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César also uses a television set sculpturally in his piece «Télévision» in 1962. He strips a television of its casing and places it on a scrap sculpture. The whole thing is covered with a Perspex hood, with holes for the aerial, loudspeaker and operating knobs. The idea of the ready-made is transferred to the wonders of modern civilization, entirely in the spirit of Pierre Restany's Nouveau Réalisme manifesto.
A TV object by Isidore Isou, the founder of Lettrism, dates from the same year, 1962; it is called «La télévision déchiquetée ou l'anti-crétinisation.» Lettrism is a movement that has been somewhat unjustly forgotten. In the early 1950s, it anticipated many 1960s developments in conceptual and inter-media art. Isou proclaimed the destruction of the film in 1951, actually implementing this with a montage film and thus causing the scandal that brought the young Debord to Lettrism. The movement was best known for Lettrist hypergraphics, a set of meaningless signs that anticipated the development of comics and advertising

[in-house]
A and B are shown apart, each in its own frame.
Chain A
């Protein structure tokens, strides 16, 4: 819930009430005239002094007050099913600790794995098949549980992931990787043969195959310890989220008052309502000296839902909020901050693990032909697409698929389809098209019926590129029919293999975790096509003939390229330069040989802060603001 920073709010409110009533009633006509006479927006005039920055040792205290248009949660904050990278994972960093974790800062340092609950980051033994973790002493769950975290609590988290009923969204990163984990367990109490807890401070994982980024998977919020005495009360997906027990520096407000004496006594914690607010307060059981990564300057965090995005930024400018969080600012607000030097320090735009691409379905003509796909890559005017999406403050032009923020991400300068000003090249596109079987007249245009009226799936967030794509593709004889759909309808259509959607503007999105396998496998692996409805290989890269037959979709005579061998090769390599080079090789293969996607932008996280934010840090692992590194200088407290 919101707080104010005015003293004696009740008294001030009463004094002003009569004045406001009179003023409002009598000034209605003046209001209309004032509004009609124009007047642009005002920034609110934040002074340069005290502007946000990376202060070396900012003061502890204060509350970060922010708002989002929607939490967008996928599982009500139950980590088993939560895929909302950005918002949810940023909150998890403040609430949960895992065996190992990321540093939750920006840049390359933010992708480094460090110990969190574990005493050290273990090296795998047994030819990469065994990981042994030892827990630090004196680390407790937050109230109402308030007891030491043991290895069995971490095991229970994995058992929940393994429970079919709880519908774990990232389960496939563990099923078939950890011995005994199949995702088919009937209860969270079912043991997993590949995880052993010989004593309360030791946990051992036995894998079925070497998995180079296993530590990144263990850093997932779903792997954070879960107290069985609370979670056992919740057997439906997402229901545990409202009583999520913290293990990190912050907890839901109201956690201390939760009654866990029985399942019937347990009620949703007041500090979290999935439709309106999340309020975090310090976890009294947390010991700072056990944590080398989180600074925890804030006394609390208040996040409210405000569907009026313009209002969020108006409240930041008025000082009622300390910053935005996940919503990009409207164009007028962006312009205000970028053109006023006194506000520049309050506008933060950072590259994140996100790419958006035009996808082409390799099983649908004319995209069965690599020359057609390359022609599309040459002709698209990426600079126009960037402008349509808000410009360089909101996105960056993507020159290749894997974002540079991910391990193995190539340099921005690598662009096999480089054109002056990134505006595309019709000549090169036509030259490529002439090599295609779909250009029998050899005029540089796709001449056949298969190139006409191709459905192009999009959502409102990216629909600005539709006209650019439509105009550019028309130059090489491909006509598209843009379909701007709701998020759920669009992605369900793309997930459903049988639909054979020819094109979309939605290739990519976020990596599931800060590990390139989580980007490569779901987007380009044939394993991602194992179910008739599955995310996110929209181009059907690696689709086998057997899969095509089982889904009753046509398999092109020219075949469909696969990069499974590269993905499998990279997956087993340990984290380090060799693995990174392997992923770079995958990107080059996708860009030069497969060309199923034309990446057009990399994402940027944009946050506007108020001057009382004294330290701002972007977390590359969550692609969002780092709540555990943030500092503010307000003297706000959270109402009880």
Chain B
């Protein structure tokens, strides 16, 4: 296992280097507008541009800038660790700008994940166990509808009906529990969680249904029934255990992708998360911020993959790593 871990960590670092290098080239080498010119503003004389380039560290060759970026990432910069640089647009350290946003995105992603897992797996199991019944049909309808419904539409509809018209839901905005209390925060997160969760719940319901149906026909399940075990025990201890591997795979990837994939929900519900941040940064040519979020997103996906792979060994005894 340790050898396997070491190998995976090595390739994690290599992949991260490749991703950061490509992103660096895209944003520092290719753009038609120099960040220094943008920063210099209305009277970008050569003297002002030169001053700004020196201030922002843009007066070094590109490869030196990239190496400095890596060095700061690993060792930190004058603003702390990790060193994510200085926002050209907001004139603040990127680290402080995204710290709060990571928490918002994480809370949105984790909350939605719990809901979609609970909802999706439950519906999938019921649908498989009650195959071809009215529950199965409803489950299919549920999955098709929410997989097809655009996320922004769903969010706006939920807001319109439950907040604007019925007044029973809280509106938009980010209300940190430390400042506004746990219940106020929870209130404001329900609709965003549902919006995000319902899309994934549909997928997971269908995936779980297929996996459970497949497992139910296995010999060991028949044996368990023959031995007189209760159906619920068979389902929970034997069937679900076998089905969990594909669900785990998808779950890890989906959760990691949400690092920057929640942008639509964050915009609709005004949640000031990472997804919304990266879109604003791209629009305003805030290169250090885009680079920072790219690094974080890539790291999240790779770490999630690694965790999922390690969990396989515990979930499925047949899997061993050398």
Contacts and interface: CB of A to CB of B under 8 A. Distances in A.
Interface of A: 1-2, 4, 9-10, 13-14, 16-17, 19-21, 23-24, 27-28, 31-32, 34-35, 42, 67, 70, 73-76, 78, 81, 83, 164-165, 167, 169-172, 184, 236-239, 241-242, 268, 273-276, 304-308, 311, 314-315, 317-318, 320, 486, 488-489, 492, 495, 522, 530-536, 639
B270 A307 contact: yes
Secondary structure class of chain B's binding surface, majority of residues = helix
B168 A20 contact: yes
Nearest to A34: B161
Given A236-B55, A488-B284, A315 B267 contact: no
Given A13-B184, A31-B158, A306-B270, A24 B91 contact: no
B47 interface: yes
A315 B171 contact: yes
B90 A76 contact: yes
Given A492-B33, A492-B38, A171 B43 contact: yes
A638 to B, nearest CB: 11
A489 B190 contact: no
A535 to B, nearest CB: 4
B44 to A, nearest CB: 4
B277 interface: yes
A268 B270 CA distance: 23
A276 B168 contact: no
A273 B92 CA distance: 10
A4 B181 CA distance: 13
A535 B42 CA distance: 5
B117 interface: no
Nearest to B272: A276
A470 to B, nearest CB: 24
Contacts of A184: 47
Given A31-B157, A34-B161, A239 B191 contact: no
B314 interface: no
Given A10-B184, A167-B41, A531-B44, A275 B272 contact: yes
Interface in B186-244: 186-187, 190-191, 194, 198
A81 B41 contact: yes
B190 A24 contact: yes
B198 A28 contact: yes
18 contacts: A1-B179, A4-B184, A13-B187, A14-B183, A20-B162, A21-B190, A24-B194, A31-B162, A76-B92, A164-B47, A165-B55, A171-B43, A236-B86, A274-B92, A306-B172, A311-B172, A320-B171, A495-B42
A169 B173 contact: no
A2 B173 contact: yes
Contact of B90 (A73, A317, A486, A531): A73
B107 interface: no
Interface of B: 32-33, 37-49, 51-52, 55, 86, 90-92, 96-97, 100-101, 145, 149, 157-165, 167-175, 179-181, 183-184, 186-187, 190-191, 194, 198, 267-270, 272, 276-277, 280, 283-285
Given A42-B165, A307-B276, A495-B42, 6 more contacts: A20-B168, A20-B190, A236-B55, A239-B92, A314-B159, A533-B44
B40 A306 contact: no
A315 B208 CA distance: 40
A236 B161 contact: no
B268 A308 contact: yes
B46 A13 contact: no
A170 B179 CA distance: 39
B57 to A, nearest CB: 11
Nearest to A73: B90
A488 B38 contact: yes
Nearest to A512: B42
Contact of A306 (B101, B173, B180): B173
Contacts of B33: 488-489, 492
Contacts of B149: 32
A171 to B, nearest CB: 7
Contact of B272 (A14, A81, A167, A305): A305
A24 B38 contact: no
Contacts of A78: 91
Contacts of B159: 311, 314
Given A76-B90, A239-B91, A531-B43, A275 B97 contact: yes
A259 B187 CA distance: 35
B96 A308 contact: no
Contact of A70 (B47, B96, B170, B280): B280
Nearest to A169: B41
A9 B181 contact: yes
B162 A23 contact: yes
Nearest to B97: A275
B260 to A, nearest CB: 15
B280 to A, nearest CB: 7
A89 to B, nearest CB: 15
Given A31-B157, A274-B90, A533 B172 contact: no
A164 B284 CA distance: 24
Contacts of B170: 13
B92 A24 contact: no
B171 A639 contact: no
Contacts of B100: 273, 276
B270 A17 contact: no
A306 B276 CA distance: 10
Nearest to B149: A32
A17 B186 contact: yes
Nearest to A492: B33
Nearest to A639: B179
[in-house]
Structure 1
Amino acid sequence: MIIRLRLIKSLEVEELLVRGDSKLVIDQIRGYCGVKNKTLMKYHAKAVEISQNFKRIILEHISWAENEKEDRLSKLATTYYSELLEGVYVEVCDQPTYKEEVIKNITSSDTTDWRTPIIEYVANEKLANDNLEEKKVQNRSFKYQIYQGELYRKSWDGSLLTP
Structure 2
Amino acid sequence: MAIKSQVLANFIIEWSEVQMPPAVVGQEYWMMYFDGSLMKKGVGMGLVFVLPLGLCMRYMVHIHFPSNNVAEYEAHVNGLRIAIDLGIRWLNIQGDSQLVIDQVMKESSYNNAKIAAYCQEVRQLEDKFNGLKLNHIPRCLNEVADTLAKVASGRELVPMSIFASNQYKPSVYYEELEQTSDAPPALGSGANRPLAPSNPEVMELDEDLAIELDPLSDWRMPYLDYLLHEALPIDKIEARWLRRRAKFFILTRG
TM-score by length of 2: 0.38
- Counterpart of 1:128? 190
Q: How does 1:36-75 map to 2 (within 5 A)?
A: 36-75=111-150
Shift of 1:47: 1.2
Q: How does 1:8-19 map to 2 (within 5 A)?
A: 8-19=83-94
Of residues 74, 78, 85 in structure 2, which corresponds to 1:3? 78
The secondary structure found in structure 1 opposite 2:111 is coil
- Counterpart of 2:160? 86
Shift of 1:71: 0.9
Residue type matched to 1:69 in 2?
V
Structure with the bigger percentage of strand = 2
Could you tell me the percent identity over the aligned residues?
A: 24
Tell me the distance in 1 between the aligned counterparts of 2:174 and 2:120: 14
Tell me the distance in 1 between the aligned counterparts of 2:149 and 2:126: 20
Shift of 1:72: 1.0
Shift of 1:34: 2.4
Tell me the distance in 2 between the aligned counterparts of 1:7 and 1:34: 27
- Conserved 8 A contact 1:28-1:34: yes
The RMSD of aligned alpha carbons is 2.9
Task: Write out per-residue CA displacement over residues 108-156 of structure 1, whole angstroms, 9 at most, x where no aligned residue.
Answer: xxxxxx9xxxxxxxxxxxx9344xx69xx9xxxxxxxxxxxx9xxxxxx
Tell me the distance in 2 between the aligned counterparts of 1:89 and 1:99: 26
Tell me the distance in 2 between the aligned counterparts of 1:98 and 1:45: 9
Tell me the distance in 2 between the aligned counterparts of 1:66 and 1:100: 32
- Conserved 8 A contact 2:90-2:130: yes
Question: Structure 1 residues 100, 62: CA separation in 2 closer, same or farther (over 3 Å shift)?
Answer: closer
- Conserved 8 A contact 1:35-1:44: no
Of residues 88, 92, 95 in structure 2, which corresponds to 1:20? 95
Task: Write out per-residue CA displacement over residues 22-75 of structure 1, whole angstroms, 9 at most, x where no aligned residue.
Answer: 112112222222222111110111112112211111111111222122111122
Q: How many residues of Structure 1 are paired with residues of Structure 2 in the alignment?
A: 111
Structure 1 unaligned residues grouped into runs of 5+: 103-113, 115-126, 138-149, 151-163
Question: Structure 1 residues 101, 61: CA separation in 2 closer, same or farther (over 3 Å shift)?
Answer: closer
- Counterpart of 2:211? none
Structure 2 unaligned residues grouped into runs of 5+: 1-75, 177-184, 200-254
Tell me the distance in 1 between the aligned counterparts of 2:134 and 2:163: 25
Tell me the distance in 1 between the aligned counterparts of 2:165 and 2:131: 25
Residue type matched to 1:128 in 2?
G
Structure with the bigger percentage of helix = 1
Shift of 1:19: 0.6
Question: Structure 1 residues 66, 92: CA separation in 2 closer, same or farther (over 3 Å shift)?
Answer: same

in many ways. In his TV object, Isou puts a template of such hypergraphic elements over the screen. This simple gesture makes the TV into a reservoir of constantly new signs, created by overlapping the hypergraphic matrix and the moving image. A key fact is that both César and Isou exhibited their TV objects in Paris in March 1962.
The Swiss artist, graphic designer and advertising expert Karl Gerstner changed an active TV image in a much more complex visual way. He developed various models of his «Auto-Vision» from 1962–1963: «The name identifies the difference from television. The aim is not to broadcast programs, but to create programs directly. For this we use daily television programs that are abstracted through a ‹pair of spectacles,› and alienated to the point of being non-representational,» is Gerstner's comment on the process. These Perspex ‹spectacles› have something in common with Op Art. They can be swapped around, and each pair creates a different effect. Twelve different ‹spectacles› versions of «Auto-Vision» were shown on a